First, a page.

The graphics in Firefly are nothing short of amazing and what's more it's fast and extremely smooth. A lot of thought has gone into the gameplay which means it's an appetising mixture of blasting, strategy and skill.

I loved it. And I s'pect you will too.

Graphics: 9/10
Playability: 9/10
Value For Money: 8/10
Addictiveness: 8/10
Overall: 9/10

Summary: A simply super shoot 'em up/strategy game that keeps you coming back for more. Don't be a dork - buy it!

Award: Your Sinclair Megagame

Transcript by Chris Bourne

Sinclair User Issue 73, Apr 1988   page(s) 50,51

Label: Ocean
Author: Special FX
Price: £7.95
Memory: 48K/128K
Joystick: various
Reviewer: Jim Douglas

It's funny isn't it, how the most cheesy storylione can be constructed around such a fantastic game? Take Firefly, for example. It's probably got the most enduring gameplay to be found in any game around this month, and the graphics are just great, but the storyline would be enough to make you pass out through sheer disinterest and sense of deja vu. The world is under threat from alien blobs and it's up to you to quash the empire-build intentions of the little critters.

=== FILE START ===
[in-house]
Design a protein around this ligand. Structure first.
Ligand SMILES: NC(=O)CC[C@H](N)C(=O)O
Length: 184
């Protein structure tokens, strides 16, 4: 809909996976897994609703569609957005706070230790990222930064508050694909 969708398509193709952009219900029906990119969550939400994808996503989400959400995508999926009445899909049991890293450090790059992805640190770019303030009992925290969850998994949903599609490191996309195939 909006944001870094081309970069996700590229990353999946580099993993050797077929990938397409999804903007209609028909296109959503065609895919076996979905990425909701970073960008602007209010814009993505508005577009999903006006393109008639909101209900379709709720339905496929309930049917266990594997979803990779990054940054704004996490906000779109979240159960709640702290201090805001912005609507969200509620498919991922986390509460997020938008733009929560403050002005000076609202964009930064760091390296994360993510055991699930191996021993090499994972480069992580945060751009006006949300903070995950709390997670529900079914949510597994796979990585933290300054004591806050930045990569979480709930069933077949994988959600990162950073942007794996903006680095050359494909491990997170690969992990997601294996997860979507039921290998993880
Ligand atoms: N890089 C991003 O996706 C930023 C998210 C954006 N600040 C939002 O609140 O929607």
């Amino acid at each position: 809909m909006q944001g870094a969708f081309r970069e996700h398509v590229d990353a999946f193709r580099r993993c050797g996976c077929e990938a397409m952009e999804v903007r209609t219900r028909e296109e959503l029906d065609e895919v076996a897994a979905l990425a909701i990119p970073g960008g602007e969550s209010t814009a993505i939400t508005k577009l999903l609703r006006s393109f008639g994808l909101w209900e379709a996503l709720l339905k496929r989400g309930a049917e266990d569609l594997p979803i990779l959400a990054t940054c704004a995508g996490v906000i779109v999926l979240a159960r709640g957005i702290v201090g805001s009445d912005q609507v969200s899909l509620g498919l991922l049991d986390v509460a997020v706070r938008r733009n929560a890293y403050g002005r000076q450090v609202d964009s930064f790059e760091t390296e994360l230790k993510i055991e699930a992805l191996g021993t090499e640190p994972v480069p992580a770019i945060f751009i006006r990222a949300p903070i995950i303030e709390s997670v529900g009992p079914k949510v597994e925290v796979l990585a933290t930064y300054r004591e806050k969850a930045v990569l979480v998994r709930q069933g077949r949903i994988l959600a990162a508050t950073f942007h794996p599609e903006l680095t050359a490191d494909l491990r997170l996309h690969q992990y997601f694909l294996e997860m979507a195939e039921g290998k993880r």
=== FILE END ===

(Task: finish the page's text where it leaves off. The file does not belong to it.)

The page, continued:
Heard it all before? To bloody right, but hang on, you almost certainly haven't played anything with quite as many different elements.

Special FX, which is Ocean's hot new coding team, has gone to incredible lengths to include - almost entirely successfully - strategic, arcade and luck-of-the-draw elements among others.

The game is easy to play but complicated to explain. Here goes: pay attention. The aliens are building up a huge network of girders and platforms throughout the whole solar system. The more they manage to build, the closer they are to victory.

By guiding your Firefly icon (yours is the good ship Firefly) over a grid of squares, you can select which sector of the solar system to attack first. You can only attack the sector adjacent to a 'dead area - ie, one that you've cleared already. To start off, you have a row of dead areas down the left hand side of the grid.

Once you zap yourself down to the sector, the readout in the bottom of the screen will pop up a schematic representation of the whole sector, with the maze layout - for each sector is essentially a maze - and various important things marked. There are three important things on this map. Teleports, Energy Points and You. Large boulders are indicated too, but as far as I could tell, they're of absolutely no consequence whatsoever.